For Immediate Release, September 15, 2010
|Lisa Belenky, Center for Biological Diversity, (415) 385-5694
Jeff Miller, Center for Biological Diversity, (510) 499-9185
Mountain Yellow-legged Frogs Moved Toward State Endangered Species Status,
But Emergency Rule Allows Activities That Kill Frogs to Continue
SAN FRANCISCO— The California Fish and Game Commission, in response to a Center for Biological Diversity petition, voted today to designate all populations of the mountain yellow-legged frog as a candidate species, the first step toward a formal listing as endangered or threatened under the state’s Endangered Species Act. The frogs live in high-elevation waters in California’s Sierra Nevada and Transverse ranges.
“A state endangered listing is critical for preserving mountain yellow-legged frogs, especially since the federal government has inexplicably refused to extend Endangered Species Act protection to the species in the Sierra Nevada,” said Jeff Miller at the Center. “These frogs were once incredibly abundant and a key component of the high Sierra ecosystem, but for decades have been on an alarming slide toward extinction.”
Unfortunately, the Commission also adopted emergency rules today allowing exemptions from “incidental take” prohibitions — killing or capture of frogs — during activities such as the state’s environmentally damaging fish-stocking program, operations of dam, reservoirs and water diversions, and for timber harvest plans. The Center has twice sued the Department of Fish and Game to force evaluation of the full environmental impacts of the fish-stocking program, and is seeking adequate measures to prevent stocking from harming frogs and other imperiled aquatic species.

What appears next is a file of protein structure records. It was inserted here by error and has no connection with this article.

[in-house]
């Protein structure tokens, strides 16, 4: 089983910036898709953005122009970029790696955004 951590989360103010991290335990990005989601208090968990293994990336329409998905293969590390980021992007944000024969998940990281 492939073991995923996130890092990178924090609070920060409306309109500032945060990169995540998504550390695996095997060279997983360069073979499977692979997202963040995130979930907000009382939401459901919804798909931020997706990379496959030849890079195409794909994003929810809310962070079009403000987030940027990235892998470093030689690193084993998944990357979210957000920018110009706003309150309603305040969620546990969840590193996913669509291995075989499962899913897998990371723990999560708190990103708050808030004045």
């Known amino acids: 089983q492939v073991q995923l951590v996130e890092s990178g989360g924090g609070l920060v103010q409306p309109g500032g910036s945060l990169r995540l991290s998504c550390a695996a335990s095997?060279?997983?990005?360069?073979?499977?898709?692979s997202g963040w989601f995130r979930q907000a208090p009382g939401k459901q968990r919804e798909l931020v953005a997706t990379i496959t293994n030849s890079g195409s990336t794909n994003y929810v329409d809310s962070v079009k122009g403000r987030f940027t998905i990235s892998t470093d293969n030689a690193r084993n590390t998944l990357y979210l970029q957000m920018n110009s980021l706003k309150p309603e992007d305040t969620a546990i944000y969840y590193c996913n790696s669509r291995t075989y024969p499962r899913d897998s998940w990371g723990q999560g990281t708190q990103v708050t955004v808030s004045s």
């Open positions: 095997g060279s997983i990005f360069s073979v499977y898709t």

“The Commission took an important step forward today but then took a half-step back by adopting take exemptions. These frogs are on a rapid trend to extinction and will need greater protection to survive and recover in the wild,” said Lisa Belenky, a Center attorney.
Just a few decades ago, these hardy survivors of freezing winters were abundant around many alpine lakes. But yellow-legged frog populations are collapsing due to predation by introduced trout, spread of diseases that may be exacerbated by pesticides, and habitat changes caused by development, climate change, drought and livestock grazing. Surveys since 1995 have revealed that 93 percent of northern and central Sierra populations and 95 percent of southern populations have already been lost.
The Commission’s acceptance of the listing petition initiates a formal status review of both the Southern California and Sierra Nevada species of mountain-yellow-legged frog, with a final determination on listing to be made by the Commission after one year. Candidate species receive the same protected status as state endangered and threatened species during the candidacy period.